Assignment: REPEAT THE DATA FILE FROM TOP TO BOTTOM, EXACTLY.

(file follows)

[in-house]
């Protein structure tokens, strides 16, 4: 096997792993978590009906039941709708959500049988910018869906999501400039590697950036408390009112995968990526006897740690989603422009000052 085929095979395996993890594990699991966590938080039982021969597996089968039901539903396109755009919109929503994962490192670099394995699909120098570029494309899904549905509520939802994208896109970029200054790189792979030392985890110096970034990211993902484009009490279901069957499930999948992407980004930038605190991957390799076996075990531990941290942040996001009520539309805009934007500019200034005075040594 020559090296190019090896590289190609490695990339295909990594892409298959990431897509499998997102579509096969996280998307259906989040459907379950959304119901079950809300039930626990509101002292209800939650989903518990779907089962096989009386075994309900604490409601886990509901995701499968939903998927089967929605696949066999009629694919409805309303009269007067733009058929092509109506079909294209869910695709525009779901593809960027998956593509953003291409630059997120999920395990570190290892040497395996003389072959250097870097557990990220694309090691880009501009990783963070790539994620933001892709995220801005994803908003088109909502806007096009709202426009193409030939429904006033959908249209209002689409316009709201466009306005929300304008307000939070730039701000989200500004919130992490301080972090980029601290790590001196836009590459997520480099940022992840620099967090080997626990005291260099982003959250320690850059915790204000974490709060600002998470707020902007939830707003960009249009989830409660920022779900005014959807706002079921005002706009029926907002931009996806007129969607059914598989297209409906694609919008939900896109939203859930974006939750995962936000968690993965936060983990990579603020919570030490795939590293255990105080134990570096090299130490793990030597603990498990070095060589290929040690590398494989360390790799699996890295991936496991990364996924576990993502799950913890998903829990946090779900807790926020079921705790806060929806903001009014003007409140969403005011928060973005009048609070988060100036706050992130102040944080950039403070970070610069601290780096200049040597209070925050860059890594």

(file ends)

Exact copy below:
[in-house]
């Protein structure tokens, strides 16, 4: 096997792993978590009906039941709708959500049988910018869906999501400039590697950036408390009112995968990526006897740690989603422009000052 085929095979395996993890594990699991966590938080039982021969597996089968039901539903396109755009919109929503994962490192670099394995699909120098570029494309899904549905509520939802994208896109970029200054790189792979030392985890110096970034990211993902484009009490279901069957499930999948992407980004930038605190991957390799076996075990531990941290942040996001009520539309805009934007500019200034005075040594 020559090296190019090896590289190609490695990339295909990594892409298959990431897509499998997102579509096969996280998307259906989040459907379950959304119901079950809300039930626990509101002292209800939650989903518990779907089962096989009386075994309900604490409601886990509901995701499968939903998927089967929605696949066999009629694919409805309303009269007067733009058929092509109506079909294209869910695709525009779901593809960027998956593509953003291409630059997120999920395990570190290892040497395996003389072959250097870097557990990220694309090691880009501009990783963070790539994620933001892709995220801005994803908003088109909502806007096009709202426009193409030939429904006033959908249209209002689409316009709201466009306005929300304008307000939070730039701000989200500004919130992490301080972090980029601290790590001196836009590459997520480099940022992840620099967090080997626990005291260099982003959250320690850059915790204000974490709060600002998470707020902007939830707003960009249009989830409660920022779900005014959807706002079921005002706009029926907002931009996806007129969607059914598989297209409906694609919008939900896109939203859930974006939750995962936000968690993965936060983990990579603020919570030490795939590293255990105080134990570096090299130490793990030597603990498990070095060589290929040690590398494989360390790799699996890295991936496991990364996924576990993502799950913890998903829990946090779900807790926020079921705790806060929806903001009014003007409140969403005011928060973005009048609070988060100036706050992130102040944080950039403070970070610069601290780096200049040597209070925050860059890594």